Every time one of those human eggs gets fertilized and that DNA-filled zygote starts turning into a potential life, we pass on the potential for all that innovation. That microscopic cluster of multiplying cells could have the secret to a new vaccine, a new way to travel across the galaxy, or the next Hunger Games story. BUT, when we limit that life’s ability to create in a world of social constructs and barriers that WE’VE designed, we throw artistic/scientific/intellectual potential right out the window. Each life is a little lottery ticket. We don’t know which ones has that cure, that invention, or that story. But the broader we expand the field where creativity and innovation can thrive, the better off we all are as a society. And as of right now, despite all the incredible progress we’ve made over thousands of years: gender, ethnicity, orientation, economic class, among others are still real hurdles to the benefits of reaching that potential. And all of these variations that make us diverse gives us countless permutations of objectivity that couldn’t be achieved otherwise and from that we have the chance to arrive at a new conclusion, a new idea, a new creation.
So now we come back to the Oscars and what it means to this conversation. Despite all the benefits of diversity and in this case, in the realm of the arts, I still don’t think nominees should be shoehorned into categories only by virtue of their ethnicity, gender, etc. That does not mean that the lack of diversity shouldn’t raise eyebrows. Maybe, just possibly, the fact that the field lacks diversity is indicative of another problem. Maybe the lack of diversity is a symptom or byproduct of what needs to be addressed without instantly resorting to some manufactured corrective measure like inserting female or black nominees to give the illusion of inclusion. Let’s look at why a producer and the casting directors who work under them consider it a riskier proposition to cast a person-of-color in a leading role and why white actors make safer bets. Look at Cameron Crowe’s Aloha (2015) where it made more sense to cast blonde-haired, blue-eyed, Emma Stone as a Polynesian-Chinese character from Hawaii than anyone who looked like they are from the Islands. The Oscars are just the mirror to what is going on in the entertainment industry. The solution isn’t to take a Sharpie and draw what we want to see in the mirror; it’s to change what the mirror is reflecting in the first place. And it’s highly likely that there were no actors-of-color who earned a nomination for the 88th Academy Awards mainly because there were not enough quality roles to ensure one could be chosen (Sorry Kevin Hart).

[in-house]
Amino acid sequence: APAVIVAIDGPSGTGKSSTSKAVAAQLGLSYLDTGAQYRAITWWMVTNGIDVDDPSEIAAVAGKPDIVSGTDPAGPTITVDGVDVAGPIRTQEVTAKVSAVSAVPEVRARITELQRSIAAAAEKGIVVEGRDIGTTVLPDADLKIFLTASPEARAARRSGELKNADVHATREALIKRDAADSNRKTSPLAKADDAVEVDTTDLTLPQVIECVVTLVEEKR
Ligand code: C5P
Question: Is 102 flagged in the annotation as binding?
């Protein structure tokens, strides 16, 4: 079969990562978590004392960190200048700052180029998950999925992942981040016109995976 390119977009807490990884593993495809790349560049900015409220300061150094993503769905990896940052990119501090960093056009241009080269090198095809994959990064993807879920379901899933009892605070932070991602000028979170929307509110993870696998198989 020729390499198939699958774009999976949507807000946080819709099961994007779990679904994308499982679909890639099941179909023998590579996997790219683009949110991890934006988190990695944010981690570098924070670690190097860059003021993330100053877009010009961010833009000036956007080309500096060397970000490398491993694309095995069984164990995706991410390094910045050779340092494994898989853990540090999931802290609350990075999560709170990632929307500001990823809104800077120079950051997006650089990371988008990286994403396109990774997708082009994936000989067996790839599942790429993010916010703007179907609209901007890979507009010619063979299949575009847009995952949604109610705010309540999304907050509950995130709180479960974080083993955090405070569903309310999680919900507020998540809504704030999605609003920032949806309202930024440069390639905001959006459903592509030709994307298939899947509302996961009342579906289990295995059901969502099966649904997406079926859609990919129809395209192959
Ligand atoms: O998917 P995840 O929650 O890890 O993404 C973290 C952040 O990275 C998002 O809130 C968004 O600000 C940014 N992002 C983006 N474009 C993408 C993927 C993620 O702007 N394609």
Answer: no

Okay, #OscarsSoWhite is a good title of the story but it’s a long way from the plot of the story. We should look at this as an opportunity to take yet another baby step towards improving the world we live in, just like we’ve done for thousands of years. The 88th Academy Awards is just a reminder of how much we’ve taken for granted the importance of getting that aperture of diversity as wide as possible; it’s a reminder that we’re possibly cheating ourselves of great performances and inspiring stories because we’ve narrowed our scope of the qualities that make up what desirable actors/directors/writers can be. We’ve already disproven many of the archaic social norms of the past; not only about whether non-white actors could lead films but even if female and non-white directors, writers, producers could make films. #OscarsSoWhite isn’t about who was conspicuously omitted from recognition; it’s, in my opinion, about being remiss in our collective stewardship of moving culture and the arts forward.